“The first picture I ever saw of Little Cottonwood was of Seth Shaw climbing Fallen Arches. That picture sparked the entire reason I moved to Utah. It was such a cool photo of this guy I’d heard lots about climbing Fallen Arches with this crazy scenic background, and I started looking up other routes in Little Cottonwood. The first time I tried it was about three weeks after I moved here, and it was the middle of August. It was hot.
It starts off with a nice warm-up, .10+ to a good jug, and that lets you set up for what I think is the crux—the rattly .12+ fingers not too far off the ground. You place a piece of gear and then it’s game on for a while. Really bad feet. I wore two different shoes, one slipper for the crack and one edging shoe for the face for these microscopic little edges. Then you get a huge jug, place a piece of gear, and then the 5.10 hands that leads to the final boulder problem. If you stick the deadpoint move at the boulder problem, there’s no way you’re going to fall off after that.”
- Chris Thomas
When you ask a Salt Lake climber about Sasquatch, they invariably describe it as “classic” and often reference Yosemite. In a canyon full of flaky, right-leaning cracks that only a local could love, Sasquatch stands out for its clean rock and straight-up splitter crack. When linked with the first and last pitches of Pentapitch, it makes for one of the finest and most popular multi-pitch routes in LCC.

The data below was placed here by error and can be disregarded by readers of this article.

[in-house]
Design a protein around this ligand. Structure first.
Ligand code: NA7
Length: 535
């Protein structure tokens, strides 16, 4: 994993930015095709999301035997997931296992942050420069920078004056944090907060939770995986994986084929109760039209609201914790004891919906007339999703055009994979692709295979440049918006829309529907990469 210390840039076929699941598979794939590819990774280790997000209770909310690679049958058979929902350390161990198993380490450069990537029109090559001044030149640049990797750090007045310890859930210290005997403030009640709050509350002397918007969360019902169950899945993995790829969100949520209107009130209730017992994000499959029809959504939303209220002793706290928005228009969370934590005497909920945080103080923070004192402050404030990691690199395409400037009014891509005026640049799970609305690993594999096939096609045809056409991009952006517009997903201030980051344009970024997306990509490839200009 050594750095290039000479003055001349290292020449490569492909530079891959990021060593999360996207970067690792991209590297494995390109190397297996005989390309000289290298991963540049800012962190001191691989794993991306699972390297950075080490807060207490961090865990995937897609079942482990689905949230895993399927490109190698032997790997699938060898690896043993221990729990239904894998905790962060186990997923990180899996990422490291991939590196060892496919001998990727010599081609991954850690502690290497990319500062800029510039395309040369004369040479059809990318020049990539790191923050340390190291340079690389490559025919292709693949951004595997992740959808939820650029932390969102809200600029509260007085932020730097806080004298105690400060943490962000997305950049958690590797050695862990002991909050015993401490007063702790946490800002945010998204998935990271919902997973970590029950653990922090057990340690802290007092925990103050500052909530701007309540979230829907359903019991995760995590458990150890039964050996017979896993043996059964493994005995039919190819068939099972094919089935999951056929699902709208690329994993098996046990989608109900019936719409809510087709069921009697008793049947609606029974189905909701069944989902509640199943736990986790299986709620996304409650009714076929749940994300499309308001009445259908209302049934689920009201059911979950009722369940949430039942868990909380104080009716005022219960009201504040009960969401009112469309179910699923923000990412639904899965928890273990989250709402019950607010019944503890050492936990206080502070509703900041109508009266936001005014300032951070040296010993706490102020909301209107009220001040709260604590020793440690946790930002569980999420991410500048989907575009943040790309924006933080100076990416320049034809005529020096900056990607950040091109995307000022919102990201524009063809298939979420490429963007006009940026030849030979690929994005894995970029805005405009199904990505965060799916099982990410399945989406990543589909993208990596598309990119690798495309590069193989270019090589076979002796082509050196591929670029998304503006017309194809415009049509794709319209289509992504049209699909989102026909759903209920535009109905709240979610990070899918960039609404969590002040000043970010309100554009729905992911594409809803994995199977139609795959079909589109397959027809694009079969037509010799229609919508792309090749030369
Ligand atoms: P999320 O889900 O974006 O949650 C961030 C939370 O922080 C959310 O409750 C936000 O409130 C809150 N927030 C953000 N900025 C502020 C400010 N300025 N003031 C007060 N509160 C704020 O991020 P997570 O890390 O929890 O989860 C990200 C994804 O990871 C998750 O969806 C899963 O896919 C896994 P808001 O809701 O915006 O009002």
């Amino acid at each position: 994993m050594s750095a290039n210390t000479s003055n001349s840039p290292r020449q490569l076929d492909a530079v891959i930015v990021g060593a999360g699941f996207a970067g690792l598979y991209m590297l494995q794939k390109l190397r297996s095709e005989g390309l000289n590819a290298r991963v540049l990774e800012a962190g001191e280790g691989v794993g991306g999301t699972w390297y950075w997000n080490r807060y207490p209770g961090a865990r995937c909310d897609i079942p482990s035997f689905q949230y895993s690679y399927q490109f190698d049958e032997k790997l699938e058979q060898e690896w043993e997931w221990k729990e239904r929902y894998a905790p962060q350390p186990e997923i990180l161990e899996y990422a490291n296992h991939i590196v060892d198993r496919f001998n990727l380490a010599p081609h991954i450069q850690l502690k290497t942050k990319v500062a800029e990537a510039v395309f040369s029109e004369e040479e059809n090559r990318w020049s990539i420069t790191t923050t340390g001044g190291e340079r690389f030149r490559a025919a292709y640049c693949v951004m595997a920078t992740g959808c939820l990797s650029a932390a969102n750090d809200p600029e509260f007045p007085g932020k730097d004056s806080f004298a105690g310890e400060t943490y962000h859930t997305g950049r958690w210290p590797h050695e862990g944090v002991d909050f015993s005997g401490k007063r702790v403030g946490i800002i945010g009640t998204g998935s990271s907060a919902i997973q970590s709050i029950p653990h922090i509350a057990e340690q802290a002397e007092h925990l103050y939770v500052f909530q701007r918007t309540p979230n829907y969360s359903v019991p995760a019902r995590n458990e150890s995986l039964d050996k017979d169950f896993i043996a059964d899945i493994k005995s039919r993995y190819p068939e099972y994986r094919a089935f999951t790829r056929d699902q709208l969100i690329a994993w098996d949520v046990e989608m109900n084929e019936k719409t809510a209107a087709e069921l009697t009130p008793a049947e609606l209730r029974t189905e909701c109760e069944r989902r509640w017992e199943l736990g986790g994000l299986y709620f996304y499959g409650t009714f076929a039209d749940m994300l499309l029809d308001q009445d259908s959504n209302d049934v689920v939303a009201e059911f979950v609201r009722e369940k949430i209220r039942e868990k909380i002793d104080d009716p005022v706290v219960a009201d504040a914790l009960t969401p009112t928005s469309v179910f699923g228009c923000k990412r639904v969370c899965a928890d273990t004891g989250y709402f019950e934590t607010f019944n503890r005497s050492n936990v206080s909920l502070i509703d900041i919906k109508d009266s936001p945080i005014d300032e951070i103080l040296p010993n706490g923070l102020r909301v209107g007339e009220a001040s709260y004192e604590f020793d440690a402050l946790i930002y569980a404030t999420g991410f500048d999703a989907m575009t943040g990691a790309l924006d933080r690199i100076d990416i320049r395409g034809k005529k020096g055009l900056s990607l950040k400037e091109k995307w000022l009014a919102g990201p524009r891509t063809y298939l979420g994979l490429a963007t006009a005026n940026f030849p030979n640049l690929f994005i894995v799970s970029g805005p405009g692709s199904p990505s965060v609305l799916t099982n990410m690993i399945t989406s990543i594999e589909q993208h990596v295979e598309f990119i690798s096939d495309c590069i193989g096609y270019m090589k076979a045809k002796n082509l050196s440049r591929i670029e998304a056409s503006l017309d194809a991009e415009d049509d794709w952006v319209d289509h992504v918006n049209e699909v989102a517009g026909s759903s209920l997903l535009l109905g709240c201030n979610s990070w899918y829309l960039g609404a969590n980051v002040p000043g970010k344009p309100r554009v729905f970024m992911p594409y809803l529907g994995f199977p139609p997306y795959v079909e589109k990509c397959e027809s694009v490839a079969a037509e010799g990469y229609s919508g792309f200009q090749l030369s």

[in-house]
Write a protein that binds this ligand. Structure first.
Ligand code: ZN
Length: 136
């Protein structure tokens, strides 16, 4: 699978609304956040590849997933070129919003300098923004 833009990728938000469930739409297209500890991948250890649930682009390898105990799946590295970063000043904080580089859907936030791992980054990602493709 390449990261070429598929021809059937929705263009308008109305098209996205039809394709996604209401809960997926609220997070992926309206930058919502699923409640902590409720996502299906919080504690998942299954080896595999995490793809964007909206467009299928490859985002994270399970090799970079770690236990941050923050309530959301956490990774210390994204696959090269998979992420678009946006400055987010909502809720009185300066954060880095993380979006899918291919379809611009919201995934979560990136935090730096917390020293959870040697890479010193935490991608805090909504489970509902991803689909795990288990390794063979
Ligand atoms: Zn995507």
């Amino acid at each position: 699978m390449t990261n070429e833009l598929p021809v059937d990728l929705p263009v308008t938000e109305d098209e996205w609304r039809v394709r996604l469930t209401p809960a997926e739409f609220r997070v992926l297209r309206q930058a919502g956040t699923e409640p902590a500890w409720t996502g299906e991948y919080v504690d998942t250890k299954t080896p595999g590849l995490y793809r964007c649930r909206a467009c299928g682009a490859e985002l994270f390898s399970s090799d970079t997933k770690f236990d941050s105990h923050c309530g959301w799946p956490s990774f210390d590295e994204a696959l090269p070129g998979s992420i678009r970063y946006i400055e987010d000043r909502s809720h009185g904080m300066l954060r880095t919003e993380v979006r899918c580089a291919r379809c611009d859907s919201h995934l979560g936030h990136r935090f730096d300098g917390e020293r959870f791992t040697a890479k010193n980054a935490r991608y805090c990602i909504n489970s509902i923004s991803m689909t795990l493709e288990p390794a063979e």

“It’s a super-classic thin finger crack starting with a fun undercling layback. By Little Cottonwood standards it really stands out because it’s not a flared crack on flaky rock. Rather than being formed by a flake or some kind of offset it really is a splitter crack. It’s laser-cut with little pods for gear and finger locks, and the rock is very fine-grained there, so it’s a little more like climbing in Yosemite. I would compare it to Mr. Natural on the Yosemite Point Apron. It’s really nice to have a climb like that right here in the Wasatch.”
- Andreas Schmidt
All Chalk And No Action (5.12a)
In a canyon known for horrendously runout slab climbs, All Chalk is unique. A true sport route, it starts off with a razor-sharp, sequential crux before the climbing eases slightly and bolt spacing increases. Afternoon shade and its location among well-traveled crack climbs make it popular as a cool down pitch for some climbers and a first 5.12 attempt for others.
“Two days after I moved here, we drove up the canyon and didn’t know there were no dogs allowed, so we hiked up there with Lakota. All Chalk lived up its reputation of credit card holds. I just remember pulling that sketchy couple of moves after the big rest and running it out to the chains. I clipped the chains, turned around and saw a mountain goat on the next ledge. I remember yelling down to my partner ‘there are mountain goats up here and they're knocking rocks down, and how the hell did they get up here?’ It was my first Little Cottonwood day.”
- Holly Hansen